UN Common Country Assessment
Thailand,
1997-1998

 

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Annex 1: Methodological Aspects of the CCA

The Common Country Assessment (CCA) is the first step in the development of a United Nations Development Assistance Framework (UNDAF) and, as such, is designed to highlight a countryís principal development challenges. The CCA is a common assessment by the United Nations and its specialised agencies of the development situation and issues facing a country. A common approach within the United Nations system will provide a more integrated framework for the provision of development assistance and avoid duplication and omission in the work of the various agencies and specialised funds. The CCA is thus not simply an assessment of development challenges but the establishment of a process through which that assessment can be made. By bringing together the various members of the United Nations family in common purpose, the CCA is thus an integral part of the Secretary Generalís reform of the United Nations system.

Methodology

There are many ways to try to identify the principal development challenges facing any country. Assessment could be made by sector, agriculture, industry, and so on, or by specific agency mandates. In this case of Thailand, it was decided to use the framework adopted for monitoring in the Eighth Five Year Economic and Social Development Plan on "Components of Well-Being" as the basis in which to consider which were the key development challenges facing Thailand. This approach did not mean that the issues as identified by the Royal Thai Government were adopted by the CCA. In fact, the specific development challenges, as identified through the CCA, differed considerably from those identified in the national plan. Nevertheless, the fact that the CCA adopted the same general framework should make the specific issues identified through the exercise more directly comparable with national goals and bring a greater degree of congruence between national and United Nations assessments.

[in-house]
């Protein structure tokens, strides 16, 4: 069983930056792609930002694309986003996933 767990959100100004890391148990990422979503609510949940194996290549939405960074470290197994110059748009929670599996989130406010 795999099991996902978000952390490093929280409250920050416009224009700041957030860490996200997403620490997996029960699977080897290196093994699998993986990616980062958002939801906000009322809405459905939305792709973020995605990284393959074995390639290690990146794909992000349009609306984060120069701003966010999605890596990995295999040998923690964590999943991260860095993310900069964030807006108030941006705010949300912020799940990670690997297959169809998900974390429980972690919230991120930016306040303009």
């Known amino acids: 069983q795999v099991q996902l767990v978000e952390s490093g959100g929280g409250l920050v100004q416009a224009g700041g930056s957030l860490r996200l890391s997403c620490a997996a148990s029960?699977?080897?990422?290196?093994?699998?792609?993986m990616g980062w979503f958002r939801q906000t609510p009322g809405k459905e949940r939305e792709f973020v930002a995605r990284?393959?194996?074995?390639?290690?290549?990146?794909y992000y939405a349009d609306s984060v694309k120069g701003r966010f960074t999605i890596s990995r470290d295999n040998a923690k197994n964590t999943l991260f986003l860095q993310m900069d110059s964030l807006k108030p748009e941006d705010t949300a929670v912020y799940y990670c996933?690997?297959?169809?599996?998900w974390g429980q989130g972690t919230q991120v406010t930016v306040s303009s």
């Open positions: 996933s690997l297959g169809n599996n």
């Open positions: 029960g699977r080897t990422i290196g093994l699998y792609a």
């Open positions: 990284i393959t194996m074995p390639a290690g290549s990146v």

The basic framework adopted for the identification of the development challenges consisted of the following seven clusters:

Given the mandate of the United Nations, the issue of human rights was added to the cluster on governance.

Seven small working groups (called "cluster groups"), made up of subject specialists from all relevant and concerned United Nations agencies, were established that reported back to the main inter-agency Working Group for the CCA chaired by the Resident Co-ordinator for Thailand. Each cluster group met three to four times during the preparation of the CCA, with the main Working Group meeting six to seven times. The division into seven clusters made the assessment of the development challenges more focussed and more manageable. Detailed and at times quite technical discussions of development issues were impractical in the context of a large group of people who had very different interests and specialities. A facilitator was appointed to co-ordinate the various meetings in order to ensure uniformity of approach and avoidance of overlap and omission.

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Dated: 26Jan1999